Could I be an entrepreneur?
Myths about entrepreneurs abound, as well as resources for them!
The term “entrepreneur” has been getting a lot of “play”, especially in rural Michigan, as we work to grow our economy back from the great recession. If you believe that entrepreneurs only exist in tech start-ups, or that there’s no place to turn to for help launching your great idea, it’s time to think again.
Entrepreneurs exist in every segment of our society, regardless of age group, income level, racial category or any other way you slice our great state. Entrepreneurship is a way of thinking, reasoning and acting that is “opportunity-obsessed.” Entrepreneurs are builders and creators, and see economic opportunity in their ideas. Not everyone has these qualities, but neither are they restricted to a certain group.
A major myth circulating is that entrepreneurs are born, and not made. Rather, one can become an entrepreneur through experience, development of business skills, and cultivating positive relationships. Certain qualities are very useful, however, like passion, persistence, high energy, creativity, independence, self-reliance, self-confidence, and a willingness to work hard! Having a pot of start-up money is also necessary, with the amount dependent on the circumstances.
Consider that there are three parts to running a successful business: development of a product or service, marketing that product or service, and finally, managing it (including finances). Not every entrepreneur has a strong capacity in each of these areas, or would have the time to do each one well, so hopefully they can take a step back and recognize the need to seek partners or hire in those areas.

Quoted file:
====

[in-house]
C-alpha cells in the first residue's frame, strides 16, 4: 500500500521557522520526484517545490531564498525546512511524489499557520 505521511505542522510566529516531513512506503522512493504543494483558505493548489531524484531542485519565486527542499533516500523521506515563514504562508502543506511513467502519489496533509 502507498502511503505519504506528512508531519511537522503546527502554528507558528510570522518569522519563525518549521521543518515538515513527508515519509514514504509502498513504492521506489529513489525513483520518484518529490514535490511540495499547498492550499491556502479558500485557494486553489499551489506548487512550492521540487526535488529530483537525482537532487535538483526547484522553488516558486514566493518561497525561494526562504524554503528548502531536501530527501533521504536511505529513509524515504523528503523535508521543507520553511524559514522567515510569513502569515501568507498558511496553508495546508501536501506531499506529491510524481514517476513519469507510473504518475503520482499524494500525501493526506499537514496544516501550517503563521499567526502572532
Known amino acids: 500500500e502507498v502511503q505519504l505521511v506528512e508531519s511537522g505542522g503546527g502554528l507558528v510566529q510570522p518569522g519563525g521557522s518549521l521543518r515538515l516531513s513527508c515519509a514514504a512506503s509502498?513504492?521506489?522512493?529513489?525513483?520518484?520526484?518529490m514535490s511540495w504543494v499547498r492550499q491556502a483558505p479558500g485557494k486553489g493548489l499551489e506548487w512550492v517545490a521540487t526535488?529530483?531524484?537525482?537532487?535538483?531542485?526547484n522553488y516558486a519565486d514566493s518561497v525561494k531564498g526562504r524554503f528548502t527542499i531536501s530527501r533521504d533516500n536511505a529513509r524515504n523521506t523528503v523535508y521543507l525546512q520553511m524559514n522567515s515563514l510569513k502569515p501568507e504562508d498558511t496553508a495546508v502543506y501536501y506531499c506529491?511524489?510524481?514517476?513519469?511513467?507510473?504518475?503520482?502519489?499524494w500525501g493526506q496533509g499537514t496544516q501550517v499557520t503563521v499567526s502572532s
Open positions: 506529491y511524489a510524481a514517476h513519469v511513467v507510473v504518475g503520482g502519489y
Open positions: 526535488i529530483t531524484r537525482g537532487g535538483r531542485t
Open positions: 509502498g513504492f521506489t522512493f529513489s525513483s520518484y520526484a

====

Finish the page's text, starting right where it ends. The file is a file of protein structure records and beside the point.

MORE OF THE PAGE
Governor Snyder declared “Entrepreneurship in Michigan” week in February of this year. Going to the State of Michigan’s website can get you information on registering, licensing, and raising capital for a new venture, among other things like forms that might be needed.
There are lots of other free resources available to help an entrepreneur get started today. If you would like to start at the local level, here are the doors to knock on to help you get started: your Chamber of Commerce, your county or city Economic Development office, or even your library, community colleges and universities. There are also regional organizations that have local representatives to help, like the Small Business Development Center, SCORE, and the MSU Product Center, for a food, natural resource or value-added agriculture business.
The MSU Product Center, in partnership with Michigan State University Extension, provides business counseling for product development, packaging and marketing strategies that will help Michigan entrepreneurs commercialize high-value, consumer–responsive food, value-added agriculture, and natural resource products. For more information, visit the MSU Product Center website or call 517-432-8750.